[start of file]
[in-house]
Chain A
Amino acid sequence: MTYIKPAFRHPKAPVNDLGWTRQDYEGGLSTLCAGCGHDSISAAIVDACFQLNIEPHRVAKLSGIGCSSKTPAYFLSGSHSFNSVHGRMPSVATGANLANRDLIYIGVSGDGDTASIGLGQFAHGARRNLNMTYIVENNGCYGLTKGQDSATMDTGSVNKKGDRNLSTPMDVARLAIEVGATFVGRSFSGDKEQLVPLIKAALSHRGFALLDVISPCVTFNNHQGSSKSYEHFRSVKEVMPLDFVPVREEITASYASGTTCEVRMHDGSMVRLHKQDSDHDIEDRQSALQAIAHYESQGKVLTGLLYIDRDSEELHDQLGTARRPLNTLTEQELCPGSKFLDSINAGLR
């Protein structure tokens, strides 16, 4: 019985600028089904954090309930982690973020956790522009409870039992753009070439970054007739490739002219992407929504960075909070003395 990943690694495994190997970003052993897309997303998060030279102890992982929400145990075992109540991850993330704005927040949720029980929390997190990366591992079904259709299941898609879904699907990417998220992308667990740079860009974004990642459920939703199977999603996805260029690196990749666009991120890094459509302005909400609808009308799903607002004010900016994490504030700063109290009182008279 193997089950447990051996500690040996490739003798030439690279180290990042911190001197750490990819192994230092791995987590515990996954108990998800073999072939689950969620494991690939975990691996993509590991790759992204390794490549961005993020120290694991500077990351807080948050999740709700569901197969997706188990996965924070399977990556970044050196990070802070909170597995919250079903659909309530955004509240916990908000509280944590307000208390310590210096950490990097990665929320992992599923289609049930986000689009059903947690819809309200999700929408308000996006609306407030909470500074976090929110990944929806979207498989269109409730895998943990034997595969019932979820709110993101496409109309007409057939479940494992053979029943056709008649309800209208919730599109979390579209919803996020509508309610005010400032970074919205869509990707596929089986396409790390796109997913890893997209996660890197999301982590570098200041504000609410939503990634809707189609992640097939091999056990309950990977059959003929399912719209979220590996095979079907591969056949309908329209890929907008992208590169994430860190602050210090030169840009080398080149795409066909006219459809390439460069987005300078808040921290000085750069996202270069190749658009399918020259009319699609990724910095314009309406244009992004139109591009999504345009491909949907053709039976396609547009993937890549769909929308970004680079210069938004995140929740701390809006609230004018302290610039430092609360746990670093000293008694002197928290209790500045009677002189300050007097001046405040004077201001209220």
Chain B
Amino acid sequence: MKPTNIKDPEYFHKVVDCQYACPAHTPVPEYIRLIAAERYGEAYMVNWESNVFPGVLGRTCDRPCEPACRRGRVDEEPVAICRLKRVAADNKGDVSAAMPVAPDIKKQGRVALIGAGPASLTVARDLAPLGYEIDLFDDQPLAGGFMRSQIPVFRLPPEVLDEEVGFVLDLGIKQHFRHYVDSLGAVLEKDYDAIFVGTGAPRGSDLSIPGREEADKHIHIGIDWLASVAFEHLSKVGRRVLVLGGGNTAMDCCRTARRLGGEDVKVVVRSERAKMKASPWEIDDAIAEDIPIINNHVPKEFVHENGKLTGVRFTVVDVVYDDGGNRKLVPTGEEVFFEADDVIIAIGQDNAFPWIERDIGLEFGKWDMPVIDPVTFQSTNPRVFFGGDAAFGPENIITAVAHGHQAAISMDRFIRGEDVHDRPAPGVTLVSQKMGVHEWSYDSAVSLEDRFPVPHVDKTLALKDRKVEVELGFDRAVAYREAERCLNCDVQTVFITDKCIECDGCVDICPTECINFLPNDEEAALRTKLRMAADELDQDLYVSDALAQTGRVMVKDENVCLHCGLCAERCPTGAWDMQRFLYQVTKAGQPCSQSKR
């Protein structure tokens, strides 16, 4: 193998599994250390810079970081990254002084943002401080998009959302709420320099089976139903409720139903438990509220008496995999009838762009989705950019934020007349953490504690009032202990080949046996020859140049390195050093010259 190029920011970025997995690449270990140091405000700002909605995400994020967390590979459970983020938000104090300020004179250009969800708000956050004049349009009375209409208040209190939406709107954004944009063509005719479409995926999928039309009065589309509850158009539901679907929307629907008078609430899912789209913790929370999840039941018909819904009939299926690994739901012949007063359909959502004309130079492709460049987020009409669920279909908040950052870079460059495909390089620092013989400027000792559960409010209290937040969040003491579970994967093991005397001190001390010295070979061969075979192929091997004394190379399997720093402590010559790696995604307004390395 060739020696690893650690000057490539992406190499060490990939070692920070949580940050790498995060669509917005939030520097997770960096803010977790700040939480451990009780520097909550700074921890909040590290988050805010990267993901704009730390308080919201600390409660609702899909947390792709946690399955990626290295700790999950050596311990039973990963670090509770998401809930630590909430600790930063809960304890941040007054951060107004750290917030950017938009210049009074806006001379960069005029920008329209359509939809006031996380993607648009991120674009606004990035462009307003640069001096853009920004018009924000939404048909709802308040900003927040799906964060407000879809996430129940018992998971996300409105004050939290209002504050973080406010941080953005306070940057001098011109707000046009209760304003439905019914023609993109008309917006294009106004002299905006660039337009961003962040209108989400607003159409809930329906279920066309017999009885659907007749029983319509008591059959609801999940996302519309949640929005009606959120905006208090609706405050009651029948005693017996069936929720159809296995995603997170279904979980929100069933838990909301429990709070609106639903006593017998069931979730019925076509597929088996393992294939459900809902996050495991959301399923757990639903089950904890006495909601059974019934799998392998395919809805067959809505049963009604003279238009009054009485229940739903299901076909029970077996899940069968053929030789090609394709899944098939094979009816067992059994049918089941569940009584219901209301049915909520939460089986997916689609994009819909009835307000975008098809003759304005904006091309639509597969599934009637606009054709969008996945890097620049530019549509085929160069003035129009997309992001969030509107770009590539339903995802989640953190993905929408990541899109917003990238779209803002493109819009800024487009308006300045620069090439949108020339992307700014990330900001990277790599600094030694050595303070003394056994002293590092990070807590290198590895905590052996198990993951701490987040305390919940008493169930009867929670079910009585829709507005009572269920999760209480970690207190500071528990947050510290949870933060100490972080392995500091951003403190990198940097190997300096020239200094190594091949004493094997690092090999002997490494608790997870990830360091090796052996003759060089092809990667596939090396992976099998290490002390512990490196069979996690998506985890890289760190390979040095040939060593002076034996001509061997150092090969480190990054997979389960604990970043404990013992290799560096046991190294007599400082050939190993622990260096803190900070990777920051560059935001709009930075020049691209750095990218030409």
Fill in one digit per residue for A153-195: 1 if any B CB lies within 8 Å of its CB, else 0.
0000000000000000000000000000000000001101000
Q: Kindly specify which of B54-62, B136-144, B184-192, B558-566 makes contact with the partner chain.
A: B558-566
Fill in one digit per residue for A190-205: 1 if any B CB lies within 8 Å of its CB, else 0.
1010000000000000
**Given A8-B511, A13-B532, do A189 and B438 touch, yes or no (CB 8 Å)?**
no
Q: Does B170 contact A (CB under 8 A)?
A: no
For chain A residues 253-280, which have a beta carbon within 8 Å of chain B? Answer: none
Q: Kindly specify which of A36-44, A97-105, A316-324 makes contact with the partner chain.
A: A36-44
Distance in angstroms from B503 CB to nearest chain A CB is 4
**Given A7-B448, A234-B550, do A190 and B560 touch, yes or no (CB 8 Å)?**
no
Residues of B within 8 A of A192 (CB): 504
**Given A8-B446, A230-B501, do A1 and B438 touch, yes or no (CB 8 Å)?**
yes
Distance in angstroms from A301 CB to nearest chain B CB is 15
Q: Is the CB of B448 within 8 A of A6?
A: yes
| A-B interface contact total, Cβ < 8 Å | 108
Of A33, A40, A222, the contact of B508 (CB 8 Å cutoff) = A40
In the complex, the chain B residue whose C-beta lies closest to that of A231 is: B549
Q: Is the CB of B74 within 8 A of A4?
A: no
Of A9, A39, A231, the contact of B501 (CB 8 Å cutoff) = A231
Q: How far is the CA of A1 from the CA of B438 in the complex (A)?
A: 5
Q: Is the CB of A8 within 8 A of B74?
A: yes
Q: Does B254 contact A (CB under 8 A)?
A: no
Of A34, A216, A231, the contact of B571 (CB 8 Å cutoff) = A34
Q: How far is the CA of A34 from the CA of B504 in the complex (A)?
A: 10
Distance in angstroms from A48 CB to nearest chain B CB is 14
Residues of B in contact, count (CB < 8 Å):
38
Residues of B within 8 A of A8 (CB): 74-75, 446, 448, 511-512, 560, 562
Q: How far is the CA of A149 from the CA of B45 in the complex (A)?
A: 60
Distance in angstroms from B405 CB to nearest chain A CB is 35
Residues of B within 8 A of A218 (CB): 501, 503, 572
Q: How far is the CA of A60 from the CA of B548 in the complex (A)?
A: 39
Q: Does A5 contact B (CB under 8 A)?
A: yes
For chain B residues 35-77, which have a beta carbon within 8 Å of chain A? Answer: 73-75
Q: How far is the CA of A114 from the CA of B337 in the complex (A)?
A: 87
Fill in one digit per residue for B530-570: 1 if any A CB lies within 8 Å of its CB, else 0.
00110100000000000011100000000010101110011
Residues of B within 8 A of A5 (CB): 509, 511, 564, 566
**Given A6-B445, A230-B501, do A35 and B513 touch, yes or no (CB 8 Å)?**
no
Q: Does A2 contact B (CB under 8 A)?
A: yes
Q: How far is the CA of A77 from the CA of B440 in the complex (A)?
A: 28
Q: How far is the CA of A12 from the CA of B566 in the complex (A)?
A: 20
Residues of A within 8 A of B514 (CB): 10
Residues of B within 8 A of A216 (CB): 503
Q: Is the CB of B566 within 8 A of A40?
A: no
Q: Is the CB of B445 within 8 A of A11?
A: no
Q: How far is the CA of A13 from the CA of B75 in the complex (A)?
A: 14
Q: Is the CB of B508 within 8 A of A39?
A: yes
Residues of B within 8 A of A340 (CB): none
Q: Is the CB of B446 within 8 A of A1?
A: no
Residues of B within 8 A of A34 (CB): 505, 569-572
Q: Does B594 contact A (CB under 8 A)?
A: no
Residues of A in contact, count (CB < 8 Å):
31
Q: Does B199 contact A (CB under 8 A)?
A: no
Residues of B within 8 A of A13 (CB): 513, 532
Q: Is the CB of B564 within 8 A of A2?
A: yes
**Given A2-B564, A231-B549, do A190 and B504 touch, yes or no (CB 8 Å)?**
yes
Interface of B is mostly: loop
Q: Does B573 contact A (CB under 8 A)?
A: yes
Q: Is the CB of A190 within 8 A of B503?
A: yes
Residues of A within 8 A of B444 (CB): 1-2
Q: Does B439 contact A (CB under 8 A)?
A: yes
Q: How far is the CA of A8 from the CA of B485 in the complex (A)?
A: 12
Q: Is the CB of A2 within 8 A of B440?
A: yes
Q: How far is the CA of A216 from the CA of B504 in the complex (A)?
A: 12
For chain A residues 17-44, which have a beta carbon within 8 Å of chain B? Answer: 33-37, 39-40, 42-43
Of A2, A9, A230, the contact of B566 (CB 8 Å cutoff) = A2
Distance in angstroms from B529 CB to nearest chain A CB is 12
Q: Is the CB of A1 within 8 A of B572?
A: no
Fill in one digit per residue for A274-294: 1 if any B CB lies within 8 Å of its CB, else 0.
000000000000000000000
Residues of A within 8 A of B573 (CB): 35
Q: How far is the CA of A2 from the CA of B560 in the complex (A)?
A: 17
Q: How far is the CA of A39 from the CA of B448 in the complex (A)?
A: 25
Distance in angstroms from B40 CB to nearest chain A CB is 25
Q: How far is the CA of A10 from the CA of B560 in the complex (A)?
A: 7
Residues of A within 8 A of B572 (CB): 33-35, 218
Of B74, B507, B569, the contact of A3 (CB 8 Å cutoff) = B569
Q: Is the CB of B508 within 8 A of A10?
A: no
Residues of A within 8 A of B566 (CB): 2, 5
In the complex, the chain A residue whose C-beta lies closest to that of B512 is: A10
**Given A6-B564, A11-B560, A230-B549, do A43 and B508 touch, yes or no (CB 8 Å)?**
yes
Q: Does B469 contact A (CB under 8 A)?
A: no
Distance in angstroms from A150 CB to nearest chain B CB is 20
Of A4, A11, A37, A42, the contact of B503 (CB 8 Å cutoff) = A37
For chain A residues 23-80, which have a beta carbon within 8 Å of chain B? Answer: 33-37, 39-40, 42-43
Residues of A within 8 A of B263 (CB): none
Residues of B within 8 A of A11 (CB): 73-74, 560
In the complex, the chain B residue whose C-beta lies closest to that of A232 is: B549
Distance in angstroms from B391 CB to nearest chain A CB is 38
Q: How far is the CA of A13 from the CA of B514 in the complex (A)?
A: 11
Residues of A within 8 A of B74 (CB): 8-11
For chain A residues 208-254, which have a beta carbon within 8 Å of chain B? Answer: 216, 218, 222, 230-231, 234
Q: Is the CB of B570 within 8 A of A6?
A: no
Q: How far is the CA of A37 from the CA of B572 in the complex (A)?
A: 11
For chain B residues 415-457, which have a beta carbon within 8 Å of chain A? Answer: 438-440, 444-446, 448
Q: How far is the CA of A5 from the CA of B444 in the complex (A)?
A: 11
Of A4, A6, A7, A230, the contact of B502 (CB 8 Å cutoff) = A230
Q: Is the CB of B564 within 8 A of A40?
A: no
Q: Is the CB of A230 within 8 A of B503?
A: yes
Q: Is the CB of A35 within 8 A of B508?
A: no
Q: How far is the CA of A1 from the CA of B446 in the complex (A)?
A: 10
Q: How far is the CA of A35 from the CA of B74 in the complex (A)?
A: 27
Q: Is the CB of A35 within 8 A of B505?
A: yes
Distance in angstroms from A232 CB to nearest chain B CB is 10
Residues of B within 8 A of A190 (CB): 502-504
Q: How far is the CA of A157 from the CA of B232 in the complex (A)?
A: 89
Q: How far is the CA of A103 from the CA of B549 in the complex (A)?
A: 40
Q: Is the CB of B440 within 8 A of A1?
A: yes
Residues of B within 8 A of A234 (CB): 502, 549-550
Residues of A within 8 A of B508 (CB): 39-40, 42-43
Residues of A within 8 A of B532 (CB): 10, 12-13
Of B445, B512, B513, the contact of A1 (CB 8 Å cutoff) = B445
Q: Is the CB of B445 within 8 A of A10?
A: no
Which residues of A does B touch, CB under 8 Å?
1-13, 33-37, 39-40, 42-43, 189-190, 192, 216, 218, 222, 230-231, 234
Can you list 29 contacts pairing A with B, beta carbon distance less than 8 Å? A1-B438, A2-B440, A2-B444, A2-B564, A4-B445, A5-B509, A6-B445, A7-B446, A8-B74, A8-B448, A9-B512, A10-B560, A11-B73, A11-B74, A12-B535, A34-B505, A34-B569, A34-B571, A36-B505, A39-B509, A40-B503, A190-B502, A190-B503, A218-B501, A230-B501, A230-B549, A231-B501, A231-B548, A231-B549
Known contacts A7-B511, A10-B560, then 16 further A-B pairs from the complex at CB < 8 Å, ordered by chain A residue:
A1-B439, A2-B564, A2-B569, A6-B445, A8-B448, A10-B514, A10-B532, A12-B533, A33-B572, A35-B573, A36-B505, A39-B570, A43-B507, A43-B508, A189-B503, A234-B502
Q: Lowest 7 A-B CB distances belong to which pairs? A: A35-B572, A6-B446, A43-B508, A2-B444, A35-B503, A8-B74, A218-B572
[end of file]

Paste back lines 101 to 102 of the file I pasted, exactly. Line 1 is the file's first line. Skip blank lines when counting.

Residues of A within 8 A of B444 (CB): 1-2
Q: Does B439 contact A (CB under 8 A)?